Landmesser was released from his concentration camp in 1941, but in 1944 he was drafted into a penal battalion and forced to fight. He finally died in battle in Croatia eight months later. He was 34 years old. His daughters grew up in an orphanage, and later in foster care. His oldest daughter published a book about the family’s persecution for “racial disgrace”.

Whether the defiant man in the photograph is Wegert or Landmesser is irrelevant to the message, as far as I am concerned. It is evidence that somebody was willing to stand up for their principles at a time when a lot of people were being brainwashed and following blindly or acquiescing due to fear. This photograph gives me hope. But when I look away from him and at all the others, it makes me despair. That’s why the photo is so powerful to me. It shows me that I can hold both feelings at once.

The very idea that this picture has been twisted around to make doing the wrong thing, the selfish thing, the life threatening thing seem heroic is disgusting and outrageous, and insults the memory of the man, whoever he may have been, who was brave enough to be on the right side of history.

If you created this meme, shame on you. I added the x to the meme so it couldn’t be copied and used. Not from this blog, anyway. Not today.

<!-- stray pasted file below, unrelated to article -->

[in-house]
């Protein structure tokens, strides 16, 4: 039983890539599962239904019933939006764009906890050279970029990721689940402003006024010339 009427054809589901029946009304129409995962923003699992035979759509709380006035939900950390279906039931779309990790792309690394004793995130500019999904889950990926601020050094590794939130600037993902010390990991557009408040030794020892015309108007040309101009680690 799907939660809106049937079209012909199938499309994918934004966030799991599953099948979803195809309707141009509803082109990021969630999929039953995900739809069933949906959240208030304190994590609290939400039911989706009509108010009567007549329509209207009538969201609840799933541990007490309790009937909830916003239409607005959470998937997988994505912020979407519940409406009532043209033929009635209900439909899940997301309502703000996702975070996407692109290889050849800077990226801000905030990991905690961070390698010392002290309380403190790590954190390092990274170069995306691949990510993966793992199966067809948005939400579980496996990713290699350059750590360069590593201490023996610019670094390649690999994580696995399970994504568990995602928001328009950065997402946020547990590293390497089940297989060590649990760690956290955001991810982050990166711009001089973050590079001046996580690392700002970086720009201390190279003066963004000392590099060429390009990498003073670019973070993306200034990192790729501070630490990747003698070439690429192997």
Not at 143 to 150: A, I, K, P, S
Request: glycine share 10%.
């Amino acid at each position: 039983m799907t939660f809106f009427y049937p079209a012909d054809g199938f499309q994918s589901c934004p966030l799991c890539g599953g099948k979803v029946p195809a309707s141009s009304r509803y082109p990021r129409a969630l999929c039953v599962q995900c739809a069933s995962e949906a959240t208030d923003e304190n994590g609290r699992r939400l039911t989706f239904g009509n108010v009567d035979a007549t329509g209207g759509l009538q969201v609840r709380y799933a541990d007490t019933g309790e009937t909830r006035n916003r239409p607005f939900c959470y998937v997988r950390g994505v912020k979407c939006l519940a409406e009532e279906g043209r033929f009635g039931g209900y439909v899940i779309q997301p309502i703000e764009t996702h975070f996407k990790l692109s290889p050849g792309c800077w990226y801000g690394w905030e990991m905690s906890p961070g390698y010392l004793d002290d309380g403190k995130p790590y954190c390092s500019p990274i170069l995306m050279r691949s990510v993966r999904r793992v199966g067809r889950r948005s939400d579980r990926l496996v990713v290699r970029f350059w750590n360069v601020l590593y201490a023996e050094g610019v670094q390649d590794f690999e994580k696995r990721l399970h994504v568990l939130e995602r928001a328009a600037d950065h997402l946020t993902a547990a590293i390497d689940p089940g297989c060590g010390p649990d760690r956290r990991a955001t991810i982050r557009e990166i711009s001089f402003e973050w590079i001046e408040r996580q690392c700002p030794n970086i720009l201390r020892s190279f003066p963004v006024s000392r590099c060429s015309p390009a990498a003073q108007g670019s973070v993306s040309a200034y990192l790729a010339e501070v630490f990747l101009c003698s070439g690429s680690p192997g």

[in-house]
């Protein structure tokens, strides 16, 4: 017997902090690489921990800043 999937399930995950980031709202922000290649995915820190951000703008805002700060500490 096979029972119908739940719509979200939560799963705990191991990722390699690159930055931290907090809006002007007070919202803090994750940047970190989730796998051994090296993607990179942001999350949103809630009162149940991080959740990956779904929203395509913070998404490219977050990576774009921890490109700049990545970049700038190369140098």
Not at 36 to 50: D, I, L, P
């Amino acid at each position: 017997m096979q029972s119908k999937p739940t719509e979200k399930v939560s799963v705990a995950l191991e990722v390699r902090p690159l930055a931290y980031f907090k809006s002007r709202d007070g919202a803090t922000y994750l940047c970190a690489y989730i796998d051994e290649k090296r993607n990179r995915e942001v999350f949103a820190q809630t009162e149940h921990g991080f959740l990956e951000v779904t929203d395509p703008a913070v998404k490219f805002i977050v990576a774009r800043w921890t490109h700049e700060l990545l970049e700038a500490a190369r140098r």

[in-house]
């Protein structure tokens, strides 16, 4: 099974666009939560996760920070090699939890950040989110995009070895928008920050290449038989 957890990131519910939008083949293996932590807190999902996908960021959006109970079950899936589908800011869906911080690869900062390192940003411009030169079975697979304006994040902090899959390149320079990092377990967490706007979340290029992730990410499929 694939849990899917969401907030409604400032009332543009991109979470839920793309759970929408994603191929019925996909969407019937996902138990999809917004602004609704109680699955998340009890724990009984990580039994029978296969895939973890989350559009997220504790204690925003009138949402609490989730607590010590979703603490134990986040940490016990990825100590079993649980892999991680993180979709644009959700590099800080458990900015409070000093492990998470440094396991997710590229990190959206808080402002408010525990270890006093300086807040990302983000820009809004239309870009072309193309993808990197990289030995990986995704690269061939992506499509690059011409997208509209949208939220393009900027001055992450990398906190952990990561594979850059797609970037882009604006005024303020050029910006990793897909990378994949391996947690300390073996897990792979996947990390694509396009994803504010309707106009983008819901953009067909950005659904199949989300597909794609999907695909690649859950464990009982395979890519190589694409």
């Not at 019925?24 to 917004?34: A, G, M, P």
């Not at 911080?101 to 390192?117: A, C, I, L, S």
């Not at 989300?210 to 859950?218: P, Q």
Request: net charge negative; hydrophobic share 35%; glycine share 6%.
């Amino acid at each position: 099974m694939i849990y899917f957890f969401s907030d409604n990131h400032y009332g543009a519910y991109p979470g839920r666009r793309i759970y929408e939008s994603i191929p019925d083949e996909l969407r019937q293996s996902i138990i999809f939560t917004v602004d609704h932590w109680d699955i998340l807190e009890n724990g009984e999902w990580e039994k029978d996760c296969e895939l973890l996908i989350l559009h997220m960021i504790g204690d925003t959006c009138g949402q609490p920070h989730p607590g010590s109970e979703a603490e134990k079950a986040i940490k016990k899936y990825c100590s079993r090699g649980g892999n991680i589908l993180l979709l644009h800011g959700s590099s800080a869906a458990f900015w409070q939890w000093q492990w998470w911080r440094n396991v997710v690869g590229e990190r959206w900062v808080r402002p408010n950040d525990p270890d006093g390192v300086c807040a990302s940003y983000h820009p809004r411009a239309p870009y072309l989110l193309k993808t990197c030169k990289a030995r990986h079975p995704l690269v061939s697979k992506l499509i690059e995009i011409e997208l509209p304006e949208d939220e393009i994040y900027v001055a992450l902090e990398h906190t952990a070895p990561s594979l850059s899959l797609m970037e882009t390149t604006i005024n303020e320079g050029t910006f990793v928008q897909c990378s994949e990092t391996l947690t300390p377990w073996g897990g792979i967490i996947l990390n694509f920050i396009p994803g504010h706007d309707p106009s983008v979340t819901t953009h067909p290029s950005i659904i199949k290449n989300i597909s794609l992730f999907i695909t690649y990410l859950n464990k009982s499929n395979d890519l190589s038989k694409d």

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An Horrific Insight

There are actually three versions of this story. The first version was my initial, gut reaction. The second was my instant reaction after obtaining more information. The third was my conclusion after some calm, pragmatic thought. Be sure and read to the very end if you want to see how quickly your point of view can be altered!

Version One:

It was your typical Pacific Northwest November night: raw, wet, cold, and basically gloomy. But I was inside, warm and safe and dry, beside a crackling fire, watching Netflix. All was right with the world, even though I was totally taking it for granted.

And then came the knock on my door. I nearly jumped out of my fuzzy pajamas. We almost never get visitors unannounced, especially in times of pandemic. Our house is relatively isolated and not close to the main street, so it takes some effort to get here. Here’s the perfect litmus test for that: There have been no Halloween trick or treaters on this front porch in decades.

It was a young man, asking for food. Not begging. Not giving an explanation or an excuse. He was just hungry and in need. He looked wet and disheveled and had nothing with him but a backpack.

My husband had him wait on the porch (safety first), and went in and made him a big sandwich. He threw an apple, a Pepsi, and a tuna snack for later into the mix. He then sent him on his way.